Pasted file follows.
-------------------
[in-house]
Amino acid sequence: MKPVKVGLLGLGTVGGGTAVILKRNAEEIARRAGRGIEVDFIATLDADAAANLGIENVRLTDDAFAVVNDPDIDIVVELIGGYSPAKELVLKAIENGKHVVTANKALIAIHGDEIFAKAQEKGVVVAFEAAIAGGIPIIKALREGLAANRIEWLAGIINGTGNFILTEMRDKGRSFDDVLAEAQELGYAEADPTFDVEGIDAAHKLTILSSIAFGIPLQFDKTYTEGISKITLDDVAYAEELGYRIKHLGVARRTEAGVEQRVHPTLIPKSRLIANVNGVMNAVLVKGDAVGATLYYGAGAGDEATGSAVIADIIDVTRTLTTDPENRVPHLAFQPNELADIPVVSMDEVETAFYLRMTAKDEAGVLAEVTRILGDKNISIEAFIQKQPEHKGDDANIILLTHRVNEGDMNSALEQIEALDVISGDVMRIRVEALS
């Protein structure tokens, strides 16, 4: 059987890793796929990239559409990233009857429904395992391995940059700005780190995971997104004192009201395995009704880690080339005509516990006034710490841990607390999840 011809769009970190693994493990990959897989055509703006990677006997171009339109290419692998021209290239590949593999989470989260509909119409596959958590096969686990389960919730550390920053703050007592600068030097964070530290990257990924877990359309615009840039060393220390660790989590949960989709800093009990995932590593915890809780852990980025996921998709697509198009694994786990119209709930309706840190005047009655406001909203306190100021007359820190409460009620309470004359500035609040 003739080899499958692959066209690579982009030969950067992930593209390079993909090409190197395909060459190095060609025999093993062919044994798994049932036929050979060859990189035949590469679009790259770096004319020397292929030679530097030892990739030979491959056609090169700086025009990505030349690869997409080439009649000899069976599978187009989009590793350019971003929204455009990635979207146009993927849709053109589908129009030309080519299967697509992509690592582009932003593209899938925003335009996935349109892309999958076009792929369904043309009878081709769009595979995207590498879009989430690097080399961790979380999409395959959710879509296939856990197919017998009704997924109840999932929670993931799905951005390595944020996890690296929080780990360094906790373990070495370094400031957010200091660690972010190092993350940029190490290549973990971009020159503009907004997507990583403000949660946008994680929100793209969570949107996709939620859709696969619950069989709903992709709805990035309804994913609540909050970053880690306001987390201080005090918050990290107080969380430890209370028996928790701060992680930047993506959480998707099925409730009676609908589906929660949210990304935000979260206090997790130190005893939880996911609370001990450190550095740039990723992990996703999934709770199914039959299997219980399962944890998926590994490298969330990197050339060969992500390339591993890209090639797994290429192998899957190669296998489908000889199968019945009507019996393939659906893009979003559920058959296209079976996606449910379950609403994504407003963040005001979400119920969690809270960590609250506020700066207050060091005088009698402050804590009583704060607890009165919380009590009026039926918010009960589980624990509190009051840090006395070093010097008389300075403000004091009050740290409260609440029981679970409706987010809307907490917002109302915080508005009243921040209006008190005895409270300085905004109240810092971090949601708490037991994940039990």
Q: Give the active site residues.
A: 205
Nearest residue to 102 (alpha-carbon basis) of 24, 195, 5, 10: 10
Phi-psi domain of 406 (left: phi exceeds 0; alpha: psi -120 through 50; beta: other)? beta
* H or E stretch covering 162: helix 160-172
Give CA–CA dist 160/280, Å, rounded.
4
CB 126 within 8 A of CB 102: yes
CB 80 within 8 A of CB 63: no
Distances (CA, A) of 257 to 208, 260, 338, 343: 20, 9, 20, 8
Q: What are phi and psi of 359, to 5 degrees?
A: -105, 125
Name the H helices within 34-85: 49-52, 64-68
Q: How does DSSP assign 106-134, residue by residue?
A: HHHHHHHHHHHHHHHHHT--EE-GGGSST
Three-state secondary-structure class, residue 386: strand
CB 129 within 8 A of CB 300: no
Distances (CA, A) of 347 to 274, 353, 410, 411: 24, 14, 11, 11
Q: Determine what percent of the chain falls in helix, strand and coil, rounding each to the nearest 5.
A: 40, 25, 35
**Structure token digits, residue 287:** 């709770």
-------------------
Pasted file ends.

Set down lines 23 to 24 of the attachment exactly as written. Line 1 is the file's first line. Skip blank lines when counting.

A: 40, 25, 35
**Structure token digits, residue 287:** 């709770």